LEXINGTON, Ky. — High-interest payday loans are easily accessible and widely available. But for many residents, particularly in Appalachia and other rural parts of Kentucky and the country, those loans may contribute heavily to a cycle of poverty.

What You Need To Know

  • About 200 million Americans live in states that allow payday lending without heavy restrictions

  • The average payday loan in Kentucky is $348 with over 400% interest

  • Nearly 8% of Kentuckians are “unbanked,” which is higher than the national average of 6%

  • Texas has the highest payday loan rates in the U.S. at 664%, over 40 times the average credit card interest rate of 16.12%

Hannah, a single mother of three children in eastern Kentucky who spoke on the promise of anonymity, said she has had terrible experiences with payday loans. She got stuck in a cycle of re-borrowing after experiencing some unexpected financial hardship during her divorce.

After more than a dozen consecutive pay periods getting a payday loan, it took her nearly two years to get out of the cycle. Hannah said even while getting the loans, she was doing little things to save money. She downgraded her cable and internet services. She lowered her thermostat and turned off lights that weren't needed. Hannah said she even started washing her clothes in cold water to keep the water heater from working so much.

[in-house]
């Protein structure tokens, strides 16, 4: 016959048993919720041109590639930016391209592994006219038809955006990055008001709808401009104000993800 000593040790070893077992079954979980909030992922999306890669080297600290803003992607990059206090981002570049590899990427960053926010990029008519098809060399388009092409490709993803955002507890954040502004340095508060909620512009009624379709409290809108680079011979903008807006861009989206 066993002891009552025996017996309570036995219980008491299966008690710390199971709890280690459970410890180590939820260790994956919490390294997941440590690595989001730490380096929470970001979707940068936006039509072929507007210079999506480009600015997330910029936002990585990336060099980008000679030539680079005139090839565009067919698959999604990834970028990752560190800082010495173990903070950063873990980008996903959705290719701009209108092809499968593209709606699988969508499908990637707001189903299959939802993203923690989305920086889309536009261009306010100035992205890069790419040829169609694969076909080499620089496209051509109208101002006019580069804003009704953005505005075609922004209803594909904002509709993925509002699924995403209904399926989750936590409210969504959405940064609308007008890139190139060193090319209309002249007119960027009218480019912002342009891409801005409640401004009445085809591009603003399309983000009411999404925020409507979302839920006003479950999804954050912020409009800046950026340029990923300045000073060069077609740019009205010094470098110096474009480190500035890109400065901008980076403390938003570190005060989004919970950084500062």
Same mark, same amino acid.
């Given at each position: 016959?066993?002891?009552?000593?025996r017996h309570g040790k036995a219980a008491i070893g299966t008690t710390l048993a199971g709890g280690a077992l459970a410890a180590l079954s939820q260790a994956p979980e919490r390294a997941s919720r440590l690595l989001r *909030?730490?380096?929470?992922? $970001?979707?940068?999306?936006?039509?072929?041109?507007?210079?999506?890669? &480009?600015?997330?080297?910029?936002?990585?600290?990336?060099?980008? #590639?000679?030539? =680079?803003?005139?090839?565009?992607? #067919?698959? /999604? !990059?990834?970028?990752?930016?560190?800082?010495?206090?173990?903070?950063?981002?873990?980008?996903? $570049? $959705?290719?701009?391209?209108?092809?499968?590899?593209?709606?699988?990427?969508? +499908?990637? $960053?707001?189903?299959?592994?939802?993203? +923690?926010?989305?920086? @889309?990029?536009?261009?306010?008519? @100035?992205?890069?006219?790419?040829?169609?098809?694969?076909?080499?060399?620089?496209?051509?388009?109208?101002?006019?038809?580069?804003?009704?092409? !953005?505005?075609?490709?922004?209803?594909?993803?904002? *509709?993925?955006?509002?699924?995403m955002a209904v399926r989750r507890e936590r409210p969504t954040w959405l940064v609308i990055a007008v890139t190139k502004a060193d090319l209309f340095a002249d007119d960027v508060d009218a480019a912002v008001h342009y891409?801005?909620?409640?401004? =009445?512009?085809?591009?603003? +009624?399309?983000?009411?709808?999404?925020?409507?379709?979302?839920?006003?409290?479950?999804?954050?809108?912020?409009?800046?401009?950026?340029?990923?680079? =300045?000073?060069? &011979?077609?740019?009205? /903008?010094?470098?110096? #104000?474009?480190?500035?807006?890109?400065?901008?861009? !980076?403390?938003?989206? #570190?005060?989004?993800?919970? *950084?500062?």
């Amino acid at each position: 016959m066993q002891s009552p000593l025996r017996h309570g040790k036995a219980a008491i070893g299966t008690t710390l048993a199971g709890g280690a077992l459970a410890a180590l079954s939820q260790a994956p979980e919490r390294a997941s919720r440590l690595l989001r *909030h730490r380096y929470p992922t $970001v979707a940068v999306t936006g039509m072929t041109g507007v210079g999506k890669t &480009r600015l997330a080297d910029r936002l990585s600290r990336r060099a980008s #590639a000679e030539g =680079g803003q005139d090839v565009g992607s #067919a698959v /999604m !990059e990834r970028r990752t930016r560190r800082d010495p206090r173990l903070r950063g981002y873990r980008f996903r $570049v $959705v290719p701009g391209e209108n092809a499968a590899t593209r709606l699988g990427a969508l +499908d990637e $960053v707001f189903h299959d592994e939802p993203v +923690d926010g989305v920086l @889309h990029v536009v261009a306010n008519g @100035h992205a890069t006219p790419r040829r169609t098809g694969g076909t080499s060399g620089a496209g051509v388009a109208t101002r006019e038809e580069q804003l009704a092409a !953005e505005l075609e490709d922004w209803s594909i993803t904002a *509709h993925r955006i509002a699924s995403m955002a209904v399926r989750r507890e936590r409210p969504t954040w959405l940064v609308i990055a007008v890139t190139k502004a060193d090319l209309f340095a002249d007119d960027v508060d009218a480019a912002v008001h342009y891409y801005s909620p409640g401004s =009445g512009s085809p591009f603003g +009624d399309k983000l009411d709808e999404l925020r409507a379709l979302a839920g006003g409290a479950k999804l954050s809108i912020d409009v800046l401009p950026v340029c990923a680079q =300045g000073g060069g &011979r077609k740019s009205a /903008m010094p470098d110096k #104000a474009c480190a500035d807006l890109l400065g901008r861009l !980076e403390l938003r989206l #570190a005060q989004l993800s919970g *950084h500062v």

"With my divorce, my household income was cut by more than half," she said. "I still had all the same bills and much less money to pay them. The first few payday loans helped a lot, but after a month or so, I knew I was getting in over my head. Each time I got one, I told myself that was the last one."

Now that she is no longer using payday loans, she said she is still suffering ramifications.

"They ruin people’s credit score when they believe it is helping. They look up your credit every time you go get a payday loan,” she said. “It is not worth going. Since the pandemic, they have lost business. People will continue to come each month depending on when they get paid. Most of the time, they can’t get away because of financial reasons and sometimes they will wait until income tax time to pay it off. Eventually, they will come back to get more payday loans.”

Hannah said she is still working on repairing her credit and has used her experience to educate her children about the dangers of high-interest loans. 

"I tried to hide the financial trouble from my kids, and for the most part, I think I did that," she said. "If they had been older at the time, I think they could have figured it out on their own. I have always worked a full-time job. My kids had always seen me go to work and come home, and they always have. There were times when I didn't know if I was ever going to get out of the payday loan cycle, but by doing what I had to do and with a little luck, I did. I hope no one has to go through something like this. An expensive form of borrowing makes no sense when you are doing it because money is tight."